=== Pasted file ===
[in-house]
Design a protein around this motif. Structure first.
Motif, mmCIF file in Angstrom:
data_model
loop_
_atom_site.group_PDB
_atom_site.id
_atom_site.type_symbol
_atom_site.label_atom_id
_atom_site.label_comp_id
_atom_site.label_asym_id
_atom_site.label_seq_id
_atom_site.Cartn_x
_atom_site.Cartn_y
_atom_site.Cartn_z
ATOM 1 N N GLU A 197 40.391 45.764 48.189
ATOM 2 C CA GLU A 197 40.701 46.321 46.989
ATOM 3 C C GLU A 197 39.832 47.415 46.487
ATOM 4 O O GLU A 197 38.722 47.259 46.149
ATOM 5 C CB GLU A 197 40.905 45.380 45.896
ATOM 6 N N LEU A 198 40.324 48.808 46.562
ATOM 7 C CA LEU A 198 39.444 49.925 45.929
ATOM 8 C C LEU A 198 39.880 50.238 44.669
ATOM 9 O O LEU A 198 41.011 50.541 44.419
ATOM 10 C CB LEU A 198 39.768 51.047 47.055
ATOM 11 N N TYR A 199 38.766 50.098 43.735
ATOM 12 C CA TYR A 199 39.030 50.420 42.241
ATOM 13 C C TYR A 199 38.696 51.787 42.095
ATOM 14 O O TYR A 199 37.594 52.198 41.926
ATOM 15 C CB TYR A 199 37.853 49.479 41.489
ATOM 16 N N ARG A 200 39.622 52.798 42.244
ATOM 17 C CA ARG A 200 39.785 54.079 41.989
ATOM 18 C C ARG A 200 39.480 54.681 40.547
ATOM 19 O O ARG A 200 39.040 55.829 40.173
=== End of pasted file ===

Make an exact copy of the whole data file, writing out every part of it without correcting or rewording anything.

[in-house]
Design a protein around this motif. Structure first.
Motif, mmCIF file in Angstrom:
data_model
loop_
_atom_site.group_PDB
_atom_site.id
_atom_site.type_symbol
_atom_site.label_atom_id
_atom_site.label_comp_id
_atom_site.label_asym_id
_atom_site.label_seq_id
_atom_site.Cartn_x
_atom_site.Cartn_y
_atom_site.Cartn_z
ATOM 1 N N GLU A 197 40.391 45.764 48.189
ATOM 2 C CA GLU A 197 40.701 46.321 46.989
ATOM 3 C C GLU A 197 39.832 47.415 46.487
ATOM 4 O O GLU A 197 38.722 47.259 46.149
ATOM 5 C CB GLU A 197 40.905 45.380 45.896
ATOM 6 N N LEU A 198 40.324 48.808 46.562
ATOM 7 C CA LEU A 198 39.444 49.925 45.929
ATOM 8 C C LEU A 198 39.880 50.238 44.669
ATOM 9 O O LEU A 198 41.011 50.541 44.419
ATOM 10 C CB LEU A 198 39.768 51.047 47.055
ATOM 11 N N TYR A 199 38.766 50.098 43.735
ATOM 12 C CA TYR A 199 39.030 50.420 42.241
ATOM 13 C C TYR A 199 38.696 51.787 42.095
ATOM 14 O O TYR A 199 37.594 52.198 41.926
ATOM 15 C CB TYR A 199 37.853 49.479 41.489
ATOM 16 N N ARG A 200 39.622 52.798 42.244
ATOM 17 C CA ARG A 200 39.785 54.079 41.989
ATOM 18 C C ARG A 200 39.480 54.681 40.547
ATOM 19 O O ARG A 200 39.040 55.829 40.173